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Birth Days, Death Days

A Commentary By Susan Estrich

My friend Kath would have turned 60 this week.

I only know that because when she was in the hospital last spring, they kept asking for her date of birth before administering medicine, and the answer was 8-12-50. The 8-12 I knew. But to see her, she didn't even look 50, much less 59.

She had a perfect figure, a pert, pretty face, a beautiful smile and gorgeous hair. The last few times I saw her, she was beautiful, even bald. She had a great head.

She was only sick for a few months, but still, this soon after, it's hard not to think of her in those horrible hospital rooms, with the monitors bleeping, the hacking cough, the tubes everywhere. After my father died, so long ago, it took me years to think of him somewhere else -- not sick, not in the hospital bed, not dying.

In Jewish tradition, we light a candle and say a prayer on the anniversary of a loved one's death. But I've always thought that the American tradition of celebrating birth days -- not death days -- has something to be said for it.

Today, I want to celebrate my friend Kath's life, the gorgeous girl who never turned 60, the fun-loving, flirtatious, sexy babe, the hottie in the little black dress who loved sexy lingerie, who went to Saks (even though she couldn't afford it) the day after her diagnosis to buy a new nightgown to wear after she had the cancer surgery she never had.

"Are you OK?" I said to her that day, having Googled every version of cancer of the thymus and read the latest studies from Asia. I was trying to figure out how I was going to talk to her about all the awful numbers I was collecting. "Of course I'm OK," she said. "I went to Saks, had my hair blown out and got a manicure." I never saw the nightgown. Two weeks later she was in the hospital. She never came home.

She was buried in Connecticut, which is what she wanted ("Being buried in L.A. would be redundant," she told us.), so I can't go to the grave and bring flowers or leave stones. In many respects, and I think this happens with a lot of people, as she was dying, she got younger, reliving the memories of her childhood, holding fast to who she had been at a time when I didn't know her.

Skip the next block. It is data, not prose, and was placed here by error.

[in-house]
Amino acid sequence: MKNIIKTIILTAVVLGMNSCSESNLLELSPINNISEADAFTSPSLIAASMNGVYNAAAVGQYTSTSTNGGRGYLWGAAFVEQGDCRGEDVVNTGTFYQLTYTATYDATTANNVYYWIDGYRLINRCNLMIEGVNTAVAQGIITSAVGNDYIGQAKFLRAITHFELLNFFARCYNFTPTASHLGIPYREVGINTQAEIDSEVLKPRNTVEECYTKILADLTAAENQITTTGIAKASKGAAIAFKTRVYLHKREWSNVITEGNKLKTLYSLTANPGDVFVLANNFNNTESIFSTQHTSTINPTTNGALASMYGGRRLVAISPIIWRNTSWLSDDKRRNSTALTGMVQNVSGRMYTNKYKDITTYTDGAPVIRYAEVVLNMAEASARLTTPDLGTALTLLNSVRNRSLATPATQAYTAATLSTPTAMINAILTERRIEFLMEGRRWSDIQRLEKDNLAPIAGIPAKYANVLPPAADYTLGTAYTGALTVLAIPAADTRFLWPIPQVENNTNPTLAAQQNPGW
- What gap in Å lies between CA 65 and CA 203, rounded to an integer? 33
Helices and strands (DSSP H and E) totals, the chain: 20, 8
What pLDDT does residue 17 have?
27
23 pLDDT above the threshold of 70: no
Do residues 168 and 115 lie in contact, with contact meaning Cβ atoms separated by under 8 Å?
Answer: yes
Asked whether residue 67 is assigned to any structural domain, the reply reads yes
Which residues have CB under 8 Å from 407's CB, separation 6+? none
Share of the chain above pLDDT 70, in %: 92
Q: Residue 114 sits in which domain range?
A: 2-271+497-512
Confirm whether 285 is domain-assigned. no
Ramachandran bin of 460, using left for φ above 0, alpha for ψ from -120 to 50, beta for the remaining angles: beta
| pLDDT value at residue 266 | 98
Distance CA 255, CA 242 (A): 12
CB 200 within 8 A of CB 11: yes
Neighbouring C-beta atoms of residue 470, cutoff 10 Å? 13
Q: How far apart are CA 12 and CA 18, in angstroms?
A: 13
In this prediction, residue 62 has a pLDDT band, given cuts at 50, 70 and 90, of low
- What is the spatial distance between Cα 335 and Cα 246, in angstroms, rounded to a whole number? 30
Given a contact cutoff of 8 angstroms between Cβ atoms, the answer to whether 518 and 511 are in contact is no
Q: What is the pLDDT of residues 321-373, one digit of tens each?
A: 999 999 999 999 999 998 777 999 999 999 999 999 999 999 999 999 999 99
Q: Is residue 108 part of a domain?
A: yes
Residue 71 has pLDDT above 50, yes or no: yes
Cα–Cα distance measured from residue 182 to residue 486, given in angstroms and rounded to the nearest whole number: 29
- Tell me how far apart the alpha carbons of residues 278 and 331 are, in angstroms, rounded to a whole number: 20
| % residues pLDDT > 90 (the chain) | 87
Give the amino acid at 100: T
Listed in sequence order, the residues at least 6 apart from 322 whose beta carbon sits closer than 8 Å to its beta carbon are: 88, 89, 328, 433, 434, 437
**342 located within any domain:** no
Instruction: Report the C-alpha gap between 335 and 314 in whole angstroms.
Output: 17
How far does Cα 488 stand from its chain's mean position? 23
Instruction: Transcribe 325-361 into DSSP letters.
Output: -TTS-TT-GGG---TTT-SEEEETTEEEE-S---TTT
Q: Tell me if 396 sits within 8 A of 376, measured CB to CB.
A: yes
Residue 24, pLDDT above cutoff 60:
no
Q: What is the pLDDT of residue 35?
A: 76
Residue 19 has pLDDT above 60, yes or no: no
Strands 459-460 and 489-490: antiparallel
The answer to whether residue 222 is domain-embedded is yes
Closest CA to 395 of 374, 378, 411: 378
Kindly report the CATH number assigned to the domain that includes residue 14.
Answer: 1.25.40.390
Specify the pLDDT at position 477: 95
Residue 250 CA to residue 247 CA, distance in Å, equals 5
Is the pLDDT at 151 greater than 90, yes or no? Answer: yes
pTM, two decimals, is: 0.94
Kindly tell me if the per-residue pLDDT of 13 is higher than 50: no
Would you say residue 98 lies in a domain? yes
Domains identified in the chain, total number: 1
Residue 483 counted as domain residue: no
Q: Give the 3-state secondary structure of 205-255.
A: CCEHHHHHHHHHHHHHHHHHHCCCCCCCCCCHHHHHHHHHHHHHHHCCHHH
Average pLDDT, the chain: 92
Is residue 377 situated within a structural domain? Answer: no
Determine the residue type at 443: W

But many years before, when I first moved to Los Angeles in 1986, she gave me a guide to the city that was her home for most of her life, the place where she found success (and frustration) and kissed many frogs before finding her love. She wrote a poem for me, an epic, that she read aloud at my "welcome to L.A." party.

To Susan on Her Arrival:

There is no there there, that's what they say.

When it's 10 p.m. in New York, it's 1946 in L.A.

Perhaps at first glance, here's how it appears:

aerobicized bodies and brains in arrears,

sprouts and germs (of the whole wheat kind),

One thinks -- six months here I'll go out of my mind.

I bring all this up cause that's what I thought,

that if I stayed here I'd come to naught.

But eight years later I tell this to you,

except for the sprouts what 'they' say isn't true.

All that really matters is who you love to share with your time.

After that, any burg is a dozen a dime.

She did not come to naught. I was privileged to love her and to share the time we had. Happy birthday, my friend.


See Other Political Commentaries

See Other Commentaries by Susan Estrich

Views expressed in this column are those of the author, not those of Rasmussen Reports.

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